Education 2011: Take this book and shove it
Illustration by JP Thimot
Celebrity educator Dr. Steve Perry is a self-deluded, egotistical iconoclast. As luck would have it, these are the very qualities that make him ideally suited to be a media darling of the education reform movement. The founder and principal of Capitol Preparatory Magnet School in Hartford, Connecticut, Perry was featured on CNN’s Black in America 2 due to the extraordinary success of his inner city students. Brashly opinionated, he has since emerged as a regular contributor to CNN and Essence magazine. He has appeared on numerous TV shows and is in demand as a lecturer—all of which has led him to the mistaken belief that he actually has something to say. His second book, Push Has Come to Shove, is loaded with the sort of quotably simplistic poppycock that resonates with many reformers. Unfortunately, readers may not realize that Perry’s acclaim is built on a house of cards. (More on that later.) First, the book:
“Sue ’Em” is the title of an early chapter in which Perry urges parents to hire lawyers and file breach of contract lawsuits when their kids fail to learn. Yup, even in suburban districts like Williamsville and Orchard Park that Business First says are doing so well. According to Perry they’re not. He supports his call to action with numerous false analogies. “Nobody blames patients for botched surgery,” he declares, “Nobody blames defendants burdened with an inept attorney. Yet the current rationale in public education is that it is a fourth-grader’s fault for reading below level.” Stop on the way to the hospital for an Egg McMuffin and Pepsi before your appendectomy and see who’s blamed. Or lie to your lawyer. Why shouldn’t kids who, for instance, fail to attend school be blamed? Or their parents? And why wait until fourth grade? Buffalo felt compelled to call homes this past August to encourage parents to get their kids to kindergarten! But Perry says parents are not responsible for their children’s truancy. According to him, when schools offer an “intellectually rich, socially safe environment” students will want to attend. Apparently someone forgot to tell Buffalo’s kindergartners.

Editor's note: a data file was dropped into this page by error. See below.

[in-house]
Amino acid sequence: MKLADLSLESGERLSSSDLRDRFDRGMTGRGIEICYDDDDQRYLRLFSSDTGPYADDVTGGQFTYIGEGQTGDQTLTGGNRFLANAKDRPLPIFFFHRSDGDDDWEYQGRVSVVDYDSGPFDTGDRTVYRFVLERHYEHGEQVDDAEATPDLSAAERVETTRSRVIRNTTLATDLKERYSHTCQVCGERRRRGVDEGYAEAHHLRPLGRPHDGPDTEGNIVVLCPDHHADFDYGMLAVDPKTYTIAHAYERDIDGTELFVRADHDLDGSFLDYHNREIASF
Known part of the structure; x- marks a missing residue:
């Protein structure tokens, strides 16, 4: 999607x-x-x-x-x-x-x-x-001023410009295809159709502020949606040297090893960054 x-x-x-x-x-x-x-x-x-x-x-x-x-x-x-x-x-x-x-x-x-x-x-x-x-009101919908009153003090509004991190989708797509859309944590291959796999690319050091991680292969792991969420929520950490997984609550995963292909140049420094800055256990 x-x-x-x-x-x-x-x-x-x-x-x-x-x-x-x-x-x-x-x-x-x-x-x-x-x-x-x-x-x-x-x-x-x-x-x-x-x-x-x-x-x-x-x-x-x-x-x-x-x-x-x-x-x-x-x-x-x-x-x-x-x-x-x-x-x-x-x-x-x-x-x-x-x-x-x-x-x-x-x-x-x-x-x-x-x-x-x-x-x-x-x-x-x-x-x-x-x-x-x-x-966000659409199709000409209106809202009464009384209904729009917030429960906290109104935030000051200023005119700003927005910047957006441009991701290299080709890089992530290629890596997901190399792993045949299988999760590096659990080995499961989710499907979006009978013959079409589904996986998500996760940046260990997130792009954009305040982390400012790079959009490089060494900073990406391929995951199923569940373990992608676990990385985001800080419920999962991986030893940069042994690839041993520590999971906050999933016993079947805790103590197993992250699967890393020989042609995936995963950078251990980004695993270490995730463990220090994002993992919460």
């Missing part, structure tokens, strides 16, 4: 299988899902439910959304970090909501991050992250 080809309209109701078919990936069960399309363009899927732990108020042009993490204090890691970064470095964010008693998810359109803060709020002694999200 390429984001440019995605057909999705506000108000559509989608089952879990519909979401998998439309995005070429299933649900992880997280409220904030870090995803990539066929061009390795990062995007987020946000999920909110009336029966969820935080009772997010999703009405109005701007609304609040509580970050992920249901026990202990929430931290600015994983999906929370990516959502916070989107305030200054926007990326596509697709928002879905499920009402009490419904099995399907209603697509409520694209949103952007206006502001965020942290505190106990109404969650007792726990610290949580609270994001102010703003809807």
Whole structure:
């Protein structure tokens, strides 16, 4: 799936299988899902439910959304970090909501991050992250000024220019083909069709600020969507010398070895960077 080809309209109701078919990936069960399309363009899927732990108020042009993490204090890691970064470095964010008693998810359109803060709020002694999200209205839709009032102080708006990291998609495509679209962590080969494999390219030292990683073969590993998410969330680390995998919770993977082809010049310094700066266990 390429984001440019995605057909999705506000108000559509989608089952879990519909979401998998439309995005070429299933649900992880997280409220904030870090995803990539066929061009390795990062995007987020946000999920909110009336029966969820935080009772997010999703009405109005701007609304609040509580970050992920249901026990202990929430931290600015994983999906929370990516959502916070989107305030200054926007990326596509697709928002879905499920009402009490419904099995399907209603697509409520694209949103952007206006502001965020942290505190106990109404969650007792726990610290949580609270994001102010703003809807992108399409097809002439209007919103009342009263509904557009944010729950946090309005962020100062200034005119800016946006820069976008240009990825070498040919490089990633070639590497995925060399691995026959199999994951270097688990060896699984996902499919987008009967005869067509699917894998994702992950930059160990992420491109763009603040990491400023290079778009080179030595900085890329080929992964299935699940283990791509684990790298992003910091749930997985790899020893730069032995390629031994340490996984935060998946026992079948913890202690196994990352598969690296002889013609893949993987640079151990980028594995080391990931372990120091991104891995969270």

Perry’s other parental engagement strategy is to bombard schools with e-mails to “get what you want.” “Confront the teachers’, custodians’, secretaries’, and administrators’ unions and associations,” Perry says, apparently assuming that the e-terrorists he’s training will be on the side of righteousness in any dispute with “lazy-ass” teachers or “ineffectual” administrators.
Throughout, Perry spews unsubstantiated pearls of wisdom that he appears to pull straight out of his asterisk. That is if there were asterisks; the book is largely devoid of footnotes or citations. This is the world according to Perry, where coaches and attractive people make the best teachers. It’s also a world of mangled metaphors: “Urban schools are America’s canary. The shafts are dangerous. Traveling them will cost more than money.” Perry cultivates a maverick image, peppering his speech with colloquialisms like “piss-off,” “hell yes” and “hell no,” “silly-ass,” “raggedy ass,” “sorry-ass,” “dumb ass,” and several other variations on the ass theme. He may be keepin’ it real for the ’hood, or just swapping brazen rhetoric for substance. It’s hard to say.